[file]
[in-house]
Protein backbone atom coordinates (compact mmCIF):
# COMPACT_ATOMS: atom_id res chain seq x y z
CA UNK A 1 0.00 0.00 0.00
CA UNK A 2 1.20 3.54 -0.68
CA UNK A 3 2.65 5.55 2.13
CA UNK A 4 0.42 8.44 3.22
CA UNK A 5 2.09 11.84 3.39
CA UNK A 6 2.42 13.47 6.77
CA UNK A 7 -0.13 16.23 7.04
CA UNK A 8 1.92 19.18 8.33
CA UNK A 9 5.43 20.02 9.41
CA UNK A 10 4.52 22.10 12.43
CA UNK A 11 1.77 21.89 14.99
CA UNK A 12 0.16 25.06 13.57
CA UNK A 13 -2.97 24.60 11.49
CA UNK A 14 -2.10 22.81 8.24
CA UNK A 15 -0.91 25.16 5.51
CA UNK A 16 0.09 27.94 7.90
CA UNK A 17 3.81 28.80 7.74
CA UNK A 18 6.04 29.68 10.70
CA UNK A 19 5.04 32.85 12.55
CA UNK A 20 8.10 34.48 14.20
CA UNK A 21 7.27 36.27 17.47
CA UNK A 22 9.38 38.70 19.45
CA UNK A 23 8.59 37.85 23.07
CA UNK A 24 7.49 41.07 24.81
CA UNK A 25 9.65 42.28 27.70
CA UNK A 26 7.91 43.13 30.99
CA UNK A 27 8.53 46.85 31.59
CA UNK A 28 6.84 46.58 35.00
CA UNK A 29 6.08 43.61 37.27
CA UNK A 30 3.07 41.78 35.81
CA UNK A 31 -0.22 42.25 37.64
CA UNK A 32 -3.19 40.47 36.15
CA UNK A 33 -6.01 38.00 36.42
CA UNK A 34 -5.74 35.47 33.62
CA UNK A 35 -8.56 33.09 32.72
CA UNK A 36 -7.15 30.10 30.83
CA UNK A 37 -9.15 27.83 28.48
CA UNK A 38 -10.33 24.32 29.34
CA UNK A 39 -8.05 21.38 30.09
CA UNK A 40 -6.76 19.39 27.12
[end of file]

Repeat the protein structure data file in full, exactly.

[in-house]
Protein backbone atom coordinates (compact mmCIF):
# COMPACT_ATOMS: atom_id res chain seq x y z
CA UNK A 1 0.00 0.00 0.00
CA UNK A 2 1.20 3.54 -0.68
CA UNK A 3 2.65 5.55 2.13
CA UNK A 4 0.42 8.44 3.22
CA UNK A 5 2.09 11.84 3.39
CA UNK A 6 2.42 13.47 6.77
CA UNK A 7 -0.13 16.23 7.04
CA UNK A 8 1.92 19.18 8.33
CA UNK A 9 5.43 20.02 9.41
CA UNK A 10 4.52 22.10 12.43
CA UNK A 11 1.77 21.89 14.99
CA UNK A 12 0.16 25.06 13.57
CA UNK A 13 -2.97 24.60 11.49
CA UNK A 14 -2.10 22.81 8.24
CA UNK A 15 -0.91 25.16 5.51
CA UNK A 16 0.09 27.94 7.90
CA UNK A 17 3.81 28.80 7.74
CA UNK A 18 6.04 29.68 10.70
CA UNK A 19 5.04 32.85 12.55
CA UNK A 20 8.10 34.48 14.20
CA UNK A 21 7.27 36.27 17.47
CA UNK A 22 9.38 38.70 19.45
CA UNK A 23 8.59 37.85 23.07
CA UNK A 24 7.49 41.07 24.81
CA UNK A 25 9.65 42.28 27.70
CA UNK A 26 7.91 43.13 30.99
CA UNK A 27 8.53 46.85 31.59
CA UNK A 28 6.84 46.58 35.00
CA UNK A 29 6.08 43.61 37.27
CA UNK A 30 3.07 41.78 35.81
CA UNK A 31 -0.22 42.25 37.64
CA UNK A 32 -3.19 40.47 36.15
CA UNK A 33 -6.01 38.00 36.42
CA UNK A 34 -5.74 35.47 33.62
CA UNK A 35 -8.56 33.09 32.72
CA UNK A 36 -7.15 30.10 30.83
CA UNK A 37 -9.15 27.83 28.48
CA UNK A 38 -10.33 24.32 29.34
CA UNK A 39 -8.05 21.38 30.09
CA UNK A 40 -6.76 19.39 27.12